Mixing English and Arabic content with the same @font-face

When constructing a bilingual website, the utilization of localization services integrated within CMS platforms can prove to be valuable. In this context, it is often possible to establish distinct asset folders for each language. This approach prevents the simultaneous loading of all assets, including images, fonts, and CSS files, which is a logical strategy. However, complications arise when the website features user-generated content such as blogs or discussion forums, where the content might deviate from the primary language. An instance of this would be a user posting an article or topic in Arabic within an English-styled discussion forum.

Consider the following example: The main master font “Helvetica Neue” has been designated for the primary body tag, with all other elements inheriting this font. Notably, a client expressed a strong preference for a font like “Druid Kufi” for Arabic content. Addressing this requirement presents challenges, as allowing visitors to select styles and fonts or implementing an HTML editor is not viable, considering the varying degrees of HTML proficiency among users.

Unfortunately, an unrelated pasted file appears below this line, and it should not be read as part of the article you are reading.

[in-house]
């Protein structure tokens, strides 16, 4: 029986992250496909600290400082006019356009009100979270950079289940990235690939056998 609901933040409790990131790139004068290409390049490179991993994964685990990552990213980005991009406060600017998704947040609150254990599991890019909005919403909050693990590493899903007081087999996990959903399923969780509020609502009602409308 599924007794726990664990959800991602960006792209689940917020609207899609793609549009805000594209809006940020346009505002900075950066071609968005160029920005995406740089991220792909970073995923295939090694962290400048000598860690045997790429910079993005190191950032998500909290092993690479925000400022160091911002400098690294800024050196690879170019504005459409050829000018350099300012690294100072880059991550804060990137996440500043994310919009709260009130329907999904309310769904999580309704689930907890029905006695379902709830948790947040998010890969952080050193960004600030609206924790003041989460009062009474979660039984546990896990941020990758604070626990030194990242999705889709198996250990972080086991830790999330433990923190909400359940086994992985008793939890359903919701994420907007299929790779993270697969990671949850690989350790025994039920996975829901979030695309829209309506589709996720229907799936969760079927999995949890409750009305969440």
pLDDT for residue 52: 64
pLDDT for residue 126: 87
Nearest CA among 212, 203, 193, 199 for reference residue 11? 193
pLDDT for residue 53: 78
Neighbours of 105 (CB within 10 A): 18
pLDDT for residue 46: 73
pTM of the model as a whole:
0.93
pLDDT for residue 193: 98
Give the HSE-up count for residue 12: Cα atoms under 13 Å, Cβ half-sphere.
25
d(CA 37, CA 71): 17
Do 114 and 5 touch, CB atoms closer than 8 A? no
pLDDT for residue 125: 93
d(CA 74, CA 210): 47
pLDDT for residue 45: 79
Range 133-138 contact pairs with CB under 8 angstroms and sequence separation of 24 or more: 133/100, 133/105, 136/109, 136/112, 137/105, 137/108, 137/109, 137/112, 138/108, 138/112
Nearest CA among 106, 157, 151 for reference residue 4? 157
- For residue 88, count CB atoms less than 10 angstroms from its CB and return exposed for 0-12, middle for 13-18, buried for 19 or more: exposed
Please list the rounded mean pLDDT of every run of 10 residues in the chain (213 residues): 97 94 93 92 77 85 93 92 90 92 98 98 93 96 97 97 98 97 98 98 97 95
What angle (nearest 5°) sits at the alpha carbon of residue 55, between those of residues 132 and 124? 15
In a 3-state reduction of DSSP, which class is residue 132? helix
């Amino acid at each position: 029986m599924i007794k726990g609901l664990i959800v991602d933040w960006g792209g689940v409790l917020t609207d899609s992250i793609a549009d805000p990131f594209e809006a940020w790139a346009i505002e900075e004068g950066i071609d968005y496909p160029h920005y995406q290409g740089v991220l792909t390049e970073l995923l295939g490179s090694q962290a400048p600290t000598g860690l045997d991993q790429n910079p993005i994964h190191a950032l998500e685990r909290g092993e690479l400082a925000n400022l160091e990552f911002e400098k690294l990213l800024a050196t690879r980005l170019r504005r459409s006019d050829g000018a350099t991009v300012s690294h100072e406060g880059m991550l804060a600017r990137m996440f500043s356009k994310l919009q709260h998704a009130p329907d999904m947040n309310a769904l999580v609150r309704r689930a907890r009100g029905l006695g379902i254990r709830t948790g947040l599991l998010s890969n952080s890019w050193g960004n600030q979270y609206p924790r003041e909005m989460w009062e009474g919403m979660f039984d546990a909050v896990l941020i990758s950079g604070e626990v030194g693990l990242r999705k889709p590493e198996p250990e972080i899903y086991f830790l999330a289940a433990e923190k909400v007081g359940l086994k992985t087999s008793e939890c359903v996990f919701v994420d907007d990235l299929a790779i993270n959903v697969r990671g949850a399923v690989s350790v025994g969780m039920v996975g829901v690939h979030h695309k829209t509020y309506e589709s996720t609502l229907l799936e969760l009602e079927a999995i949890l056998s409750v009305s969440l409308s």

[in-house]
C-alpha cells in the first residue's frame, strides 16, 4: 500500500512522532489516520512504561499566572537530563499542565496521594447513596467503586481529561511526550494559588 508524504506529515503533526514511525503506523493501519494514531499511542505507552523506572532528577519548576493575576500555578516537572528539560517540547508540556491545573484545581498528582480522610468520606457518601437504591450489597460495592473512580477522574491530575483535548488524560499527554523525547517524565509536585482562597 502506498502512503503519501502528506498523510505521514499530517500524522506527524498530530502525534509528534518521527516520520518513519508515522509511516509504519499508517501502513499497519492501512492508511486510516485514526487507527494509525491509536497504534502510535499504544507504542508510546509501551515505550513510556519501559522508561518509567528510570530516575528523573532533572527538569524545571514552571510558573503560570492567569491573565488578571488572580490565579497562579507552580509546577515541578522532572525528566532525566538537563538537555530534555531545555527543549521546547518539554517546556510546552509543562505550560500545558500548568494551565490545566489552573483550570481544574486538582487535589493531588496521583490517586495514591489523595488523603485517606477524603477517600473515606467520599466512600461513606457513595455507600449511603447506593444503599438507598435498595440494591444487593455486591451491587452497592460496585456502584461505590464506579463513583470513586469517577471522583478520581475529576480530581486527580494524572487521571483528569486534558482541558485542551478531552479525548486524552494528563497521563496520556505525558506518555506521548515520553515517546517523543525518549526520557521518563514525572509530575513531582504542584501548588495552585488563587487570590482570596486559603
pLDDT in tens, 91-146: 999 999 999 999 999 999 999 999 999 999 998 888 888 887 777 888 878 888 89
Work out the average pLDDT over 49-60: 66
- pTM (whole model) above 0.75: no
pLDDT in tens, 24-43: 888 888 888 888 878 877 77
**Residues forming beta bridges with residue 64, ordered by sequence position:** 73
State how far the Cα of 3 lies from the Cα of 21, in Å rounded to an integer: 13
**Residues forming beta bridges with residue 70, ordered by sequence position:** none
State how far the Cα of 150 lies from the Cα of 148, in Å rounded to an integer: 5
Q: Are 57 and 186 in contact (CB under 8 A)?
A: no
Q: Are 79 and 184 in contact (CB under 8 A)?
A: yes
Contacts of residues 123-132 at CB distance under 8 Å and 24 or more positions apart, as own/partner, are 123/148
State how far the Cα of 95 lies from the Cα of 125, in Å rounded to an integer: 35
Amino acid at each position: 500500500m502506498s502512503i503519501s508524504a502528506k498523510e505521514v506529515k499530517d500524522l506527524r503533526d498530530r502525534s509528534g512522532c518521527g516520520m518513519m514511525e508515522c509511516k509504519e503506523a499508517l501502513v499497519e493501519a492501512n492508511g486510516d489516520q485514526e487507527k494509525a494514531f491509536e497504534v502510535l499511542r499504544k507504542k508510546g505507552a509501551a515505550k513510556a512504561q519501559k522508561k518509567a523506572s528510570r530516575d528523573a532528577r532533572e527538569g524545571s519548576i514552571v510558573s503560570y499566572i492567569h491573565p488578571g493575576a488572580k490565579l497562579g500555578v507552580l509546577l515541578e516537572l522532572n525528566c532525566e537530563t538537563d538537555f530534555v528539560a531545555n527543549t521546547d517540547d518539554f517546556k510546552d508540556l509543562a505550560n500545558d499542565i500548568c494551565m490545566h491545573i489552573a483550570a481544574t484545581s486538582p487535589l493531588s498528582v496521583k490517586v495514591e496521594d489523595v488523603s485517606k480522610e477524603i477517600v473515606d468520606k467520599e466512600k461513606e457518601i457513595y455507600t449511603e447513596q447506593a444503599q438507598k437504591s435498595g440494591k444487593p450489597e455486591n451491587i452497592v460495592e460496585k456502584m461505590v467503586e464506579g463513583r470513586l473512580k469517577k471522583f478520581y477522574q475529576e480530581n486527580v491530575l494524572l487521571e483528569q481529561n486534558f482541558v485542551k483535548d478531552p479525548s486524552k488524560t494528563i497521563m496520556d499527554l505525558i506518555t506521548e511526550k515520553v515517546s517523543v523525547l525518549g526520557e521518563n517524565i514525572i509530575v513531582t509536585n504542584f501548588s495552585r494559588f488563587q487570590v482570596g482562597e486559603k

To overcome this obstacle, a strategy was conceived to supersede the “Helvetica Neue” font by incorporating a distinct font-face attribute known as “unicode-range”:

@font-face { font-family: 'Helvetica Neue'; src: url('fonts/DroidKufi-Regular.ttf') format('truetype'); font-weight: normal; font-style: normal; unicode-range: U+0600-06FF; }

This code segment effectively delineates the Arabic character range using the “unicode-range” property. Given that the content adheres to UTF-8 encoding, the specified range corresponds to the Unicode table’s Arabic characters. Implementation of this code ensures that the browser renders content in English using the “Helvetica Neue” font, while seamlessly rendering Arabic content using the “DroidKufi Regular” font.

This solution successfully accomplishes the objective at hand.